The hurricane was projected to plow into the oil-rich Gulf of Mexico at full force Sunday, and reach the U.S. coast as early as Monday afternoon. A hurricane watch was issued from Texas east to Florida, an area that includes New Orleans, which Hurricane Katrina devastated in 2005.
More than a million Americans took buses, trains, planes and cars as they streamed out of New Orleans and other coastal cities, where Katrina killed about 1,600 people.
Gustav already has killed 81 people by triggering floods and landslides in other Caribbean nations.
The storm knocked power out in many parts of Cuba's capital, Havana, as shrieking winds blasted sheets of rain sideways though the streets and whipped angry waves against the famed seaside Malecon boulevard. Felled tree branches and large chunks of muddy earth littered crowded roads.
The U.S. National Hurricane Center said Gustav had sustained winds of 150 mph (240 kph) -- with higher gusts -- as the heart of the storm began hitting Cuba's outlying island province of Isla de Juventud, where officials cut power to many areas. A Category 5 hurricane has winds above 155 mph (249 kph).
"The rain is not so intense, but there is a lot, a lot of wind," said Isabel Alarcon from Nueva Gerona, the largest city on the island of 87,000 people. "The officials, they have told us the wind will be bad first but then the rain could cause flooding into the night."
Gustav toppled mango and almond trees on the Isla de Juventud and was beginning to peel back the tin roofs of some houses.
"People are calm, but things are getting ugly," Ofilia Hernandez, another Nueva Gerona resident, said by telephone.
The government said it had evacuated some 190,000 people from low-lying parts of westernmost Cuba, Pinar del Rio province, where the tobacco for the island's famed cigars is grown. Officials reported that 50,000 people had been moved to higher ground farther east.
Cuba grounded all domestic flights and halted all buses and trains to and from Havana, where some shuttered stores had hand-scrawled "closed for evacuation" signs plastered to their doors.
Authorities boarded up banks, restaurants and hotels, and residents nailed bits of plywood to the windows and doors of their houses and apartments.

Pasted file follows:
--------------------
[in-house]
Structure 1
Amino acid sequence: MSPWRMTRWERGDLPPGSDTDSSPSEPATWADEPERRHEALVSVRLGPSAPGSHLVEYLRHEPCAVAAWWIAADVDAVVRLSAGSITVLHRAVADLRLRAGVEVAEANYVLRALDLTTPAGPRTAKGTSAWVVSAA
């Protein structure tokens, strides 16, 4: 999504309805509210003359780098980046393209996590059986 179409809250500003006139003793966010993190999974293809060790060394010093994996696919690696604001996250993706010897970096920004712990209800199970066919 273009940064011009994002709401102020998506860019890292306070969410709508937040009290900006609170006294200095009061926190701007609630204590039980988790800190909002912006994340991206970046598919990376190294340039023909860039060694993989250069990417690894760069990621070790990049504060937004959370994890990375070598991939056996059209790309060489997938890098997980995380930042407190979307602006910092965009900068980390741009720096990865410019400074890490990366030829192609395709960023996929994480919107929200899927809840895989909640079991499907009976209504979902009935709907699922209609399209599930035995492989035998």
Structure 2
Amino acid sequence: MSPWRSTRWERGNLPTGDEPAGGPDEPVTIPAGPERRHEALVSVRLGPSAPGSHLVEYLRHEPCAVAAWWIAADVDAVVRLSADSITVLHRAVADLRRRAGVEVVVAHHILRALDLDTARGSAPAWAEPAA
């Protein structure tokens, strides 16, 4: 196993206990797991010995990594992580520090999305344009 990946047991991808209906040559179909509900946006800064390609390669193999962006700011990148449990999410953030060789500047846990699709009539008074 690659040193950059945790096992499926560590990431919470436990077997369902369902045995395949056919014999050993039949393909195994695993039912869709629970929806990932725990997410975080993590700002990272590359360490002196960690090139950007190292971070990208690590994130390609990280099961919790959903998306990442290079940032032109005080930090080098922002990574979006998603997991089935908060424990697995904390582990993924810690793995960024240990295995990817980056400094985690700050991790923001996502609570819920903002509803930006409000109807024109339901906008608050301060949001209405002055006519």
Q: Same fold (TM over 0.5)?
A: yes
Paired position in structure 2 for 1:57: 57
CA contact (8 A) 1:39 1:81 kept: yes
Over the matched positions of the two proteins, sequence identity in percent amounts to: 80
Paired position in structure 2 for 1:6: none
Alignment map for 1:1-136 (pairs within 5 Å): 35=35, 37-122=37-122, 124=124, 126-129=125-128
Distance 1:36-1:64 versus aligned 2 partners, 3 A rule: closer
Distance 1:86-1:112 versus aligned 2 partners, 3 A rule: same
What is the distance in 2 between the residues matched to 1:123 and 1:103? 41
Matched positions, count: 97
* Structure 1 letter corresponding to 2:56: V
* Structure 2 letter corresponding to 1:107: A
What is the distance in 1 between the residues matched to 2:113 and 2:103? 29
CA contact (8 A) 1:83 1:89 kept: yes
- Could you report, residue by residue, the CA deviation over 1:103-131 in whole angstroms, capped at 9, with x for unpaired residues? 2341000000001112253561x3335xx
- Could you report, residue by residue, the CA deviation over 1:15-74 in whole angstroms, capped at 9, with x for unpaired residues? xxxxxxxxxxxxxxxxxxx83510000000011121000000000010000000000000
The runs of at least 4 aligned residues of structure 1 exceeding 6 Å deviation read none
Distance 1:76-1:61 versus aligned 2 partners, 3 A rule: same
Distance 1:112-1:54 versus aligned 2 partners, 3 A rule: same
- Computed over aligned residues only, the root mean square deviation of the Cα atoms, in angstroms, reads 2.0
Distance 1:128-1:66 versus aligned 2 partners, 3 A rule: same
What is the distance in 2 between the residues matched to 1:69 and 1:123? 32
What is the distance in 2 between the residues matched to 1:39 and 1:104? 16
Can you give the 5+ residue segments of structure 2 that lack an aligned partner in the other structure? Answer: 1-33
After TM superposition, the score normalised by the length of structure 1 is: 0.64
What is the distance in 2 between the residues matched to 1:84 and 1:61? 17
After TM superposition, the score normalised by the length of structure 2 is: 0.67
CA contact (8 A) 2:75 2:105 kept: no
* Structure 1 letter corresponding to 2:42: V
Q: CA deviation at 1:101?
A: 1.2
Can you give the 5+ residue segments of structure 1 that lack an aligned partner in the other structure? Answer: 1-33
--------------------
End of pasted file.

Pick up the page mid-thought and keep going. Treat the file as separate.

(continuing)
"It's very big and we've got to get ready for what's coming," said Jesus Hernandez, a 60-year-old retiree who was using an electric drill to reinforce the roof of his rickety front porch.
The government announced it was stepping up emergency production of bread at state-run bakeries and lines formed all over the city as Cubans waited for loaves.
In tourist-friendly Old Havana, heavy winds and rain battered crumbling historic buildings. There were no immediate reports of major damage, but a scaffolding erected against a building adjacent to the Plaza de Armas was leaning at a dangerous angle.
Lidia Morral and her husband were visiting Cuba from Barcelona. She said Gustav forced officials to close the beaches the couple wanted to visit in Santiago, on the island's eastern tip. The storm also prevented them from catching a ferry from Havana to the Isla de la Juventud on Saturday.
"It's been following us all over Cuba, ruining our vacation," said Morral, who was in line at a travel agency, trying to make other plans. "They have closed everything, hotels, restaurants, bars, museums. There's not much to do but wait."
By late Saturday afternoon, Gustav was about 80 miles (135 kilometers) south-southwest of Havana and it was moving northwest near 15 mph (24 kph).
Hurricane force winds extended out 70 miles (110 kilometers) in some places.
The U.S. naval base at Guantanamo, Cuba, was hundreds of miles (kilometers) to the east, out of the storm's path.
Gustav rolled over the Cayman Islands Friday with fierce winds that tore down trees and power lines while destroying docks and tossing boats ashore, but there was little major damage and no deaths were reported.
Haiti's Interior Ministry on Saturday raised the hurricane death toll there to 66 from 59 and Jamaica raised its count to seven from four. Gustav also killed eight people in the Dominican Republic early in the week.
Meanwhile, the hurricane center said Tropical Storm Hanna was projected to near the Turks and Caicos Islands late Sunday or on Monday, then curl through the Bahamas by early next week before possibly threatening Cuba.
As it spun over open waters, Hanna had sustained winds near 50 mph (85 kph) late Saturday afternoon and the hurricane center warned that it could kick up dangerous rip currents along parts of the southeastern U.S. coast.